What this all brings me to is the whole "problem" discussed on Pandagon about "nice guys" or "geeks" who feel entitled to dating the popular girls, while perpetrating the same "I-don't-even-see-you-as-having-genitalia" crime against the girls of their "rank". This same sort of thing happens in same-sex relations as well. The issue is that childhood shapes our sexuality and that's really hard to live with. One of the things I find most fascinating about sexuality is how often our desires simply don't match our politics or general sensibilities. (How many times have you heard a straight woman say, "I wish I could be a lesbian!") Located in this realm of desire are a great many of our worst prejudices and subconscious beliefs about ourselves and others. I think a lot of people are angry at how hard it is to excise these things. For example, that one's worth is measured by the perceived attractiveness (to the rest of the world) of one's partner; that there's something erotic about rejection, wanting what you can't have; that power so deeply influences what we find sexy. This is true for men and women, straight and queer, but I think that straight women and gay men who were once nerds have some of their psycho-sexual dramas played out more in the "real world" because the conventionally hot people are likely to hit on them at some point down the line (once they've become the sexy-cool hipsters), solving some of the hangups (or at least helping a bit). With geek straight men in particular, since hetero gender norms mean they're unlikely to receive advances, they might spend the rest of their lives longing for the cheerleader-type, with no possible end in sight. And that, of course, makes the geeky straight gals mad.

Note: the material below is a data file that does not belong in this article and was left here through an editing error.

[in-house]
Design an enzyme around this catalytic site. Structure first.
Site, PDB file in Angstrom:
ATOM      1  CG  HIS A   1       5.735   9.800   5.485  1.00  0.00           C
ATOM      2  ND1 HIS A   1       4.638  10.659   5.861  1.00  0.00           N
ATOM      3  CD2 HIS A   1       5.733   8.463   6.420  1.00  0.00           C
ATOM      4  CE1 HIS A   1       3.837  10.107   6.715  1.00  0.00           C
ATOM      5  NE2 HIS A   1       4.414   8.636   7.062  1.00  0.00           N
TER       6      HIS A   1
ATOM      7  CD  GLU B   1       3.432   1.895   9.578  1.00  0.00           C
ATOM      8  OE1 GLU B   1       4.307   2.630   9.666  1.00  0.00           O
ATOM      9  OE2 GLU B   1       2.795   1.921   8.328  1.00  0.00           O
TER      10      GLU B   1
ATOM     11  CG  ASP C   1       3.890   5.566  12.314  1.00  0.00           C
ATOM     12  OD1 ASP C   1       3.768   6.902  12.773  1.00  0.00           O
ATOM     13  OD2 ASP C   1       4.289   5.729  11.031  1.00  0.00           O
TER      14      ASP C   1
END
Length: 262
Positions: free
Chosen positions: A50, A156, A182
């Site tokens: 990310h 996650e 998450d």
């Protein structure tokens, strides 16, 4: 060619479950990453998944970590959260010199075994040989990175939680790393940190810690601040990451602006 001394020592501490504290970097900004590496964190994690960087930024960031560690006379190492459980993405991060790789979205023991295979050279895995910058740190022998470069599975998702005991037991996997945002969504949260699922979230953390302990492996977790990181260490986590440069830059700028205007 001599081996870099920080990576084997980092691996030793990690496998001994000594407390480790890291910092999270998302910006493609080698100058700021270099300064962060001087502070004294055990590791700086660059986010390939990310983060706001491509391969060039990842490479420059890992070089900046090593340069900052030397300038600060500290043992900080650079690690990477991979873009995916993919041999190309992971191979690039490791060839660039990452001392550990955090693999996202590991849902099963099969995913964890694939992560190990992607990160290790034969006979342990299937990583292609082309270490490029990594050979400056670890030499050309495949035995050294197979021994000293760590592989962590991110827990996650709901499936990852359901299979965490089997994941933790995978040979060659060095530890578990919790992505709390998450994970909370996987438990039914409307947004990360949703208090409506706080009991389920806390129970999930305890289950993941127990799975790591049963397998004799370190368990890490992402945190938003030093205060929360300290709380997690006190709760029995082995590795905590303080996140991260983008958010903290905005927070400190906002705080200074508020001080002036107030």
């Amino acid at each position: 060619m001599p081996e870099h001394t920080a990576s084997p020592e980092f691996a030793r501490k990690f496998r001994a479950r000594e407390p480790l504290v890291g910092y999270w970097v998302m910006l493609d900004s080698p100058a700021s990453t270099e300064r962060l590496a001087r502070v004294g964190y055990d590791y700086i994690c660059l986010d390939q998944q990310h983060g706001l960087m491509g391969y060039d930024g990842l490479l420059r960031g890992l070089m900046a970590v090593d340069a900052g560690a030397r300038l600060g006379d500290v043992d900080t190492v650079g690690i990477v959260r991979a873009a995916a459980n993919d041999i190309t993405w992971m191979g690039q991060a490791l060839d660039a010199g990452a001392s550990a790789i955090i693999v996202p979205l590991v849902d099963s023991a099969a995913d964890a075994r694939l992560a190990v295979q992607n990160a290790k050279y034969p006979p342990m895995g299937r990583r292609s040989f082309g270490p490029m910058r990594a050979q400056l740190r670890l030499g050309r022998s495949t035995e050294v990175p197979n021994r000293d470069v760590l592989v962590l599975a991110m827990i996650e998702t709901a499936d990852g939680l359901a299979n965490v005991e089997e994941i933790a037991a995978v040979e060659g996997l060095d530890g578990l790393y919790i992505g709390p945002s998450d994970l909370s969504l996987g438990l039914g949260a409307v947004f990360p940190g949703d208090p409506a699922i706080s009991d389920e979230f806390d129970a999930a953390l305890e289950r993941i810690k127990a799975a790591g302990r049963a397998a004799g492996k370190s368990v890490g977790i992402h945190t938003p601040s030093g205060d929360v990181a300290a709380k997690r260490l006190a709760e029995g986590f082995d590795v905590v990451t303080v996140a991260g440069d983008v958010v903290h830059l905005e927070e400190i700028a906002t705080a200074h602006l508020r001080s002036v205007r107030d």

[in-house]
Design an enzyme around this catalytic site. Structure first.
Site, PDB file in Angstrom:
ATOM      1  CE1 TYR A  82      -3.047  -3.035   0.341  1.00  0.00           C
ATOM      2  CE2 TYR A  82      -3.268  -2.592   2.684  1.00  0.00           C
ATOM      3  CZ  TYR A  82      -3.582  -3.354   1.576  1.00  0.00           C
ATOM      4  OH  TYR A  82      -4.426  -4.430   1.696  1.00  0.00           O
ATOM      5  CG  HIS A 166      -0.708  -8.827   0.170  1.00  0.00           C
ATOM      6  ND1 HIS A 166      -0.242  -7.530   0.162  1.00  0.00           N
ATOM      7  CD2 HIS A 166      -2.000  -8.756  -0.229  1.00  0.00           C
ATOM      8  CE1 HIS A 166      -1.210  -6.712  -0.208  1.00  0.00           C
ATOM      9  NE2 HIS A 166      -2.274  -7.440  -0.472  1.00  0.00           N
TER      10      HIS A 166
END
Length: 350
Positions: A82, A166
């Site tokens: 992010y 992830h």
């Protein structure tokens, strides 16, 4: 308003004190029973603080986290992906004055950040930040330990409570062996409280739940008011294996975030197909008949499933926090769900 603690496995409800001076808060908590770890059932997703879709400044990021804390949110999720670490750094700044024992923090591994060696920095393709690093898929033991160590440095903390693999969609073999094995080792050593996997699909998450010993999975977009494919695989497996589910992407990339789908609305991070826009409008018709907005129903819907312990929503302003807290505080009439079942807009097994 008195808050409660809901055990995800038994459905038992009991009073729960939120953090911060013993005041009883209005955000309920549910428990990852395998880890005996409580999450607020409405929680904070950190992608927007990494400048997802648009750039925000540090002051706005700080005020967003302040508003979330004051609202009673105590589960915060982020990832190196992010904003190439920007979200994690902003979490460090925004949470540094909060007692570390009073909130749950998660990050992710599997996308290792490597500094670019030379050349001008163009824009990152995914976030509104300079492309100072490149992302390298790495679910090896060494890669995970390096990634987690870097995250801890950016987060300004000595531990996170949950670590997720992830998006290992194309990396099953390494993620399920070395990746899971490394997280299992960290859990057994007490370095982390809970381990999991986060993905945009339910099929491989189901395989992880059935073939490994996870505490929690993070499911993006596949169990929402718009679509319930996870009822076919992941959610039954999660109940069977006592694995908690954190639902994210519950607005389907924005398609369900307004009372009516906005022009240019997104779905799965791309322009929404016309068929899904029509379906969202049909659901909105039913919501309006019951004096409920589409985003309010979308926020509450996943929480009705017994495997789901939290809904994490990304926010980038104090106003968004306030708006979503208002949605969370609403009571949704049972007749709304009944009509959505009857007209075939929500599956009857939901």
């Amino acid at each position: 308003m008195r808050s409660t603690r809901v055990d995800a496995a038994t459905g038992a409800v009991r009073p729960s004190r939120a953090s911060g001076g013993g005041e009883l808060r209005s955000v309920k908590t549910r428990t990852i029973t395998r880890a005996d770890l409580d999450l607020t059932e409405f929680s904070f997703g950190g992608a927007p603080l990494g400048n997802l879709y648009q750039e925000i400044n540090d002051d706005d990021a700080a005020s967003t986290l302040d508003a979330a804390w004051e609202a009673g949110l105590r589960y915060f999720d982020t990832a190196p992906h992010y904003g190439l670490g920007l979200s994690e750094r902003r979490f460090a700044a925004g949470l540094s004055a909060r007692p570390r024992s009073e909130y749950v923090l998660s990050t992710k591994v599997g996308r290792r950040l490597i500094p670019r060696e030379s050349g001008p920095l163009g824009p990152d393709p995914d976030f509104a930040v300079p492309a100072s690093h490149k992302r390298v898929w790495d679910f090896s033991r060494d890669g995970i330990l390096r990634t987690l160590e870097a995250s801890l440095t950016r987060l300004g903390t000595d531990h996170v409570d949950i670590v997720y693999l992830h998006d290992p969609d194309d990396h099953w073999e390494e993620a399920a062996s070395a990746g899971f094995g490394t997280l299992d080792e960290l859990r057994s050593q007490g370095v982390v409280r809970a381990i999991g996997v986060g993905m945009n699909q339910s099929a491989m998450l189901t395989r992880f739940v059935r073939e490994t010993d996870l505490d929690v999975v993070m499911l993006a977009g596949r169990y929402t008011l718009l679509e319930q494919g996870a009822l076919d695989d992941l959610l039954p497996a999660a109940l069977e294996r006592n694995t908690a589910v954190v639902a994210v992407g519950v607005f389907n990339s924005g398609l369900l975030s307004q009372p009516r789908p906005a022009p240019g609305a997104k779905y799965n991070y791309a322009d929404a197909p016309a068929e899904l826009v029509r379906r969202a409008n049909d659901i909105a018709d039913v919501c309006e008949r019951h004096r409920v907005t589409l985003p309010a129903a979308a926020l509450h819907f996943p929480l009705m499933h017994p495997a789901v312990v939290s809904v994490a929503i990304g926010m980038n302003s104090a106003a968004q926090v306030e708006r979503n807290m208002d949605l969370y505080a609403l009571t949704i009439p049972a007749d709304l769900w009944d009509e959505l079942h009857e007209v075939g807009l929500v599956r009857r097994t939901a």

I won't lie: I think that being flirted with and dating people who were stereotypically attractive solved some of my strange feelings about my sexuality. I feel legitimately sexy now. But I'm female and I was lucky enough to have some of this "validation" happen early enough (in my teens) that it didn't mean I spent the rest of my life chasing the hotties.

    Like I said, most of the geeky straight boys don't have this outlet. So, that's why I cut them a little slack.

    Because, after all, we former nerds have a strong feeling of entitlement, especially having been raised on the notion that, down the line, it was WE who would be successful and cool if we could just transcend the muck that is high school, "get out of this town" for the case of us red-staters, blah, blah, blah. Now, what do we do if we aren't cool now either?


    Blogger zp said...

    You are a better person than I am. I am always happy to hear when my high school classmates have succumb to spoiled brat drug addiction and/or conformist loveless childbearing. I consider it the fulfillment of a curse I unconsciously cast upon them and I revel in the power I never knew I had . . .

    9:39 AM  
    Blogger EL said...

    I felt that way for the first few years out of high school, but, honestly, moving to New York made me realize how I am in this (bear with me here) state of double-consciousness. It made me a lot less hateful toward those people now. But when I think of the stuff they did to me, I hate them as they were then. Just not them today.

    10:34 AM